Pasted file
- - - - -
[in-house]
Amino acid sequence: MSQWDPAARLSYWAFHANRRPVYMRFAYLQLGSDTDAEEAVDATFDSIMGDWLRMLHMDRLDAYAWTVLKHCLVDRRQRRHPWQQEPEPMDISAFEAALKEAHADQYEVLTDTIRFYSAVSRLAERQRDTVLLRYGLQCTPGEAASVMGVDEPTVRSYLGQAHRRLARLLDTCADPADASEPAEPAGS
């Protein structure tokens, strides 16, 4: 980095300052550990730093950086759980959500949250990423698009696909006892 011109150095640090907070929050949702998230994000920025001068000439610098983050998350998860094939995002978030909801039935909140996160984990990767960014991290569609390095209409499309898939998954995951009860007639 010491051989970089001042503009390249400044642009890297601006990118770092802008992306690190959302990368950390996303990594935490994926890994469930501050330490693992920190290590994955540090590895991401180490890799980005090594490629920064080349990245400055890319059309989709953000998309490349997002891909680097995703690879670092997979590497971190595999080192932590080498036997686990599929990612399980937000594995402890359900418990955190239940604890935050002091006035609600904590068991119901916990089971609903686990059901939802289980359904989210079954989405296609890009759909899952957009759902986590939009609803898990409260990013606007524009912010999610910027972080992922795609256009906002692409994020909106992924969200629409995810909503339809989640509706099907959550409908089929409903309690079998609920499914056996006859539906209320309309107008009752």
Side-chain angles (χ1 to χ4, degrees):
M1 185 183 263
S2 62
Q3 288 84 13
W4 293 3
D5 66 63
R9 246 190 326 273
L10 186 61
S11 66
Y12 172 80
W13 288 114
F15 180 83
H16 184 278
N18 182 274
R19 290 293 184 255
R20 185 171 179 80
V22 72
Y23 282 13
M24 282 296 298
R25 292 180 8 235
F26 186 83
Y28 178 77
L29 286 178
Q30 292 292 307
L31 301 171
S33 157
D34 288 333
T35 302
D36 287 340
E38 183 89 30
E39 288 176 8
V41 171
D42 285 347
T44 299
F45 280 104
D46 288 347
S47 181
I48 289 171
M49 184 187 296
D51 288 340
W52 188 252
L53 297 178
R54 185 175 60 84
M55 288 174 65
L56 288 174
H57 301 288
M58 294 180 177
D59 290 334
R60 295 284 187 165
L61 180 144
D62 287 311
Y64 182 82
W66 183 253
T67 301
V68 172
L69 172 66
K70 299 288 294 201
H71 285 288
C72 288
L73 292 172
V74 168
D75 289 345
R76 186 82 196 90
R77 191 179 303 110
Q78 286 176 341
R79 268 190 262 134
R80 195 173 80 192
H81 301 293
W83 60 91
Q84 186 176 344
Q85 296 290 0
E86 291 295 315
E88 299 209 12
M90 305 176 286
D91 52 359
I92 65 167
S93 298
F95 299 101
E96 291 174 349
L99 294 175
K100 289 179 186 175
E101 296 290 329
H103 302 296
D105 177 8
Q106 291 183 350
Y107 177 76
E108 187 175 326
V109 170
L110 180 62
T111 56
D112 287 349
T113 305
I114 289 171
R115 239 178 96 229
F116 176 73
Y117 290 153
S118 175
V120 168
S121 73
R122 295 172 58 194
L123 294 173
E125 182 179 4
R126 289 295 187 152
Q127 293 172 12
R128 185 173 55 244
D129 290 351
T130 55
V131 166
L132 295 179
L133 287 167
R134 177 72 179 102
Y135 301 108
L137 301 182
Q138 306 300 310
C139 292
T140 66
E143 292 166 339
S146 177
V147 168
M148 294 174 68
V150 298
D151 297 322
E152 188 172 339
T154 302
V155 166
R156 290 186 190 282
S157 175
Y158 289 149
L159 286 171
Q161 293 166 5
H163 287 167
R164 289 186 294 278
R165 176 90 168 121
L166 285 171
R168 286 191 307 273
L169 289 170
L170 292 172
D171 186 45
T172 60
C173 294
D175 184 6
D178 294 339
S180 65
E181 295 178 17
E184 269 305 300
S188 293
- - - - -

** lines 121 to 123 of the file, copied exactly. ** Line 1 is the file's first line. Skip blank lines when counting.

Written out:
S146 177
V147 168
M148 294 174 68